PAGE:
Baxbeta. A constitutively active human Bax isoform that is under tight regulatory control by the proteasomal degradation mechanism.
      ,
      • Cartron P.F.
      • Priault M.
      • Oliver L.
      • Meflah K.
      • Manon S.
      • Vallette F.M.
      The N-terminal end of Bax contains a mitochondrial-targeting signal.
      ,
      • Scorrano L.
      • Korsmeyer S.J.
      Mechanisms of cytochrome c release by proapoptotic BCL-2 family members.
      ). In contrast, BaxΔ2 induces apoptosis without directly targeting mitochondria (FIGURE 3, FIGURE 4). Structurally, BaxΔ2 is almost identical to Baxα except for the deletion of amino acids 13–38 encoded by exon 2 and the addition of 10 amino acids generated by the frameshift within this region (Fig. 2A). The deletion of amino acids 13–38 may be responsible for the inability of BaxΔ2 to target mitochondria, because the amino acids 16–35 are part of the first α-helix of Baxα that is required for its mitochondrial targeting (
      • Cartron P.F.
      • Priault M.
      • Oliver L.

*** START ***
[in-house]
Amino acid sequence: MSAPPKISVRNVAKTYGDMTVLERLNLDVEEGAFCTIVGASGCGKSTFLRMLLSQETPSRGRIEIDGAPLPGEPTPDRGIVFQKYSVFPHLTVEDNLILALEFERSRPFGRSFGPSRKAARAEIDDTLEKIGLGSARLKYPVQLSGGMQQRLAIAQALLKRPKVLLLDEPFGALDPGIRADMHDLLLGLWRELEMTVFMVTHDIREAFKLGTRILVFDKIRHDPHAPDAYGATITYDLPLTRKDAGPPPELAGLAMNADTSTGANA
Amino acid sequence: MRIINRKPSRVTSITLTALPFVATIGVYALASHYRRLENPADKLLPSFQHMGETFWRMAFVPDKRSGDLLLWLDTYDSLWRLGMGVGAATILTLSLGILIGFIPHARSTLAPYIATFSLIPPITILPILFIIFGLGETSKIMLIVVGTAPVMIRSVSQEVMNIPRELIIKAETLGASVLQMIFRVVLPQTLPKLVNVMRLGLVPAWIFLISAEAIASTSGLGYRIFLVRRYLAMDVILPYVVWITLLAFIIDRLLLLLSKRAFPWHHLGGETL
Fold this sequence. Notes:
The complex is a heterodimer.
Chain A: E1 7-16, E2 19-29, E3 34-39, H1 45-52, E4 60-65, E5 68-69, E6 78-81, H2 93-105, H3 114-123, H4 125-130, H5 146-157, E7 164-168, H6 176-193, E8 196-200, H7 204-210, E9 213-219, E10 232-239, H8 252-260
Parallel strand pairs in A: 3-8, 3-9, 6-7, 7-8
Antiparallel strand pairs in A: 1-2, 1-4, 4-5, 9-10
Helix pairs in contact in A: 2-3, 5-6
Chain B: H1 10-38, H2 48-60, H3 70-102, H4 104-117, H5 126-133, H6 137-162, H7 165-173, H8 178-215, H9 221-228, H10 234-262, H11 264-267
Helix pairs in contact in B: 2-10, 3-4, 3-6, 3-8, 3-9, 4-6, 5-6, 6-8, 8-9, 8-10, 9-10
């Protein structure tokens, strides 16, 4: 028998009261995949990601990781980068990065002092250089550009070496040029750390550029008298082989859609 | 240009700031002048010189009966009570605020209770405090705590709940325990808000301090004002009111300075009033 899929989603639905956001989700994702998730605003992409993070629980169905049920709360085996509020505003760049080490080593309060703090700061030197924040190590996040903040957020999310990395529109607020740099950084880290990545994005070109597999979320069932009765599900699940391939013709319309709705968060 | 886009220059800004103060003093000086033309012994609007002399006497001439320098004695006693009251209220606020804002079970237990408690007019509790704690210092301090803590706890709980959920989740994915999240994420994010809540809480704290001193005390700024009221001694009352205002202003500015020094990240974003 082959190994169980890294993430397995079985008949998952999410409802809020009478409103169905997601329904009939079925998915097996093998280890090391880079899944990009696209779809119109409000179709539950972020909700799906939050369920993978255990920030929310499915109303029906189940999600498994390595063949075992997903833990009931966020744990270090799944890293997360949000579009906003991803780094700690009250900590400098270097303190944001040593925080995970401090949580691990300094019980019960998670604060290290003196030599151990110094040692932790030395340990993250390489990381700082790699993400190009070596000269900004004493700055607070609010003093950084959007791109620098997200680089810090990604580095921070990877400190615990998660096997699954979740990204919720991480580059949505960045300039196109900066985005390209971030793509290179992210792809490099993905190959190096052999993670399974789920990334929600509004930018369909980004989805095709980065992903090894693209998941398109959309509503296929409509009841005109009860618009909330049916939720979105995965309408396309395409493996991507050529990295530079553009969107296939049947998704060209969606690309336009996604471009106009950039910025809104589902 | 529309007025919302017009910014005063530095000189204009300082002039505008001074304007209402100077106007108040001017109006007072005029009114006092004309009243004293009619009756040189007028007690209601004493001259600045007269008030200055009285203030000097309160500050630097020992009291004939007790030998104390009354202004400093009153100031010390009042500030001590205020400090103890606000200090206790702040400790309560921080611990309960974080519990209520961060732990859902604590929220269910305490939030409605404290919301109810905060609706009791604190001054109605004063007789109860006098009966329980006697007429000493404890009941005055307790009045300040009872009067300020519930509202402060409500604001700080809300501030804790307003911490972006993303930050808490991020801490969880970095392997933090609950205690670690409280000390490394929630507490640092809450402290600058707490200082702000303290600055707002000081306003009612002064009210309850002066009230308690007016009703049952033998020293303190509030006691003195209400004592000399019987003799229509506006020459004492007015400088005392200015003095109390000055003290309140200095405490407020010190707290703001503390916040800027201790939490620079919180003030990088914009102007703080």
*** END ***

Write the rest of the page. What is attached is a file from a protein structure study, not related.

• Meflah K.
      • Manon S.
      • Vallette F.M.
      The N-terminal end of Bax contains a mitochondrial-targeting signal.
      ,
      • Cartron P.F.
      • Arokium H.
      • Oliver L.
      • Meflah K.
      • Manon S.
      • Vallette F.M.
      Distinct domains control the addressing and the insertion of Bax into mitochondria.
      ,
      • Gavathiotis E.
      • Suzuki M.
      • Davis M.L.
      • Pitter K.
      • Bird G.H.
      • Katz S.G.
      • Tu H.C.
      • Kim H.
      • Cheng E.H.
      • Tjandra N.
      • Walensky L.D.
      BAX activation is initiated at a novel interaction site.
      ,
      • Sani M.A.
      • Dufourc E.J.
      • Gröbner G.
      How does the Bax-α1 targeting sequence interact with mitochondrial membranes? The role of cardiolipin.
      ). However, loss of the first α-helix retains Baxα in the cytoplasm (
      • Cartron P.F.
      • Priault M.
      • Oliver L.
      • Meflah K.
      • Manon S.
      • Vallette F.M.
      The N-terminal end of Bax contains a mitochondrial-targeting signal.
      ), whereas BaxΔ2 localizes in nonmitochondria membrane fractions, not the cytoplasm (Fig. 4A). It is possible that the addition of the unique short peptide in BaxΔ2 (Fig. 2B) could target it to a yet to be identified membrane compartment. Interestingly, BaxΔ2-induced cell death is accompanied by the release of cytochrome c (Fig. 4E) and loss of mitochondrial membrane potential, which can be partially blocked by caspase 8 inhibitor but not caspase 3 inhibitor (Fig. 4F). Future studies are needed to determine the exact subcellular target of BaxΔ2 and the underlying mechanism by which BaxΔ2 induces cell death.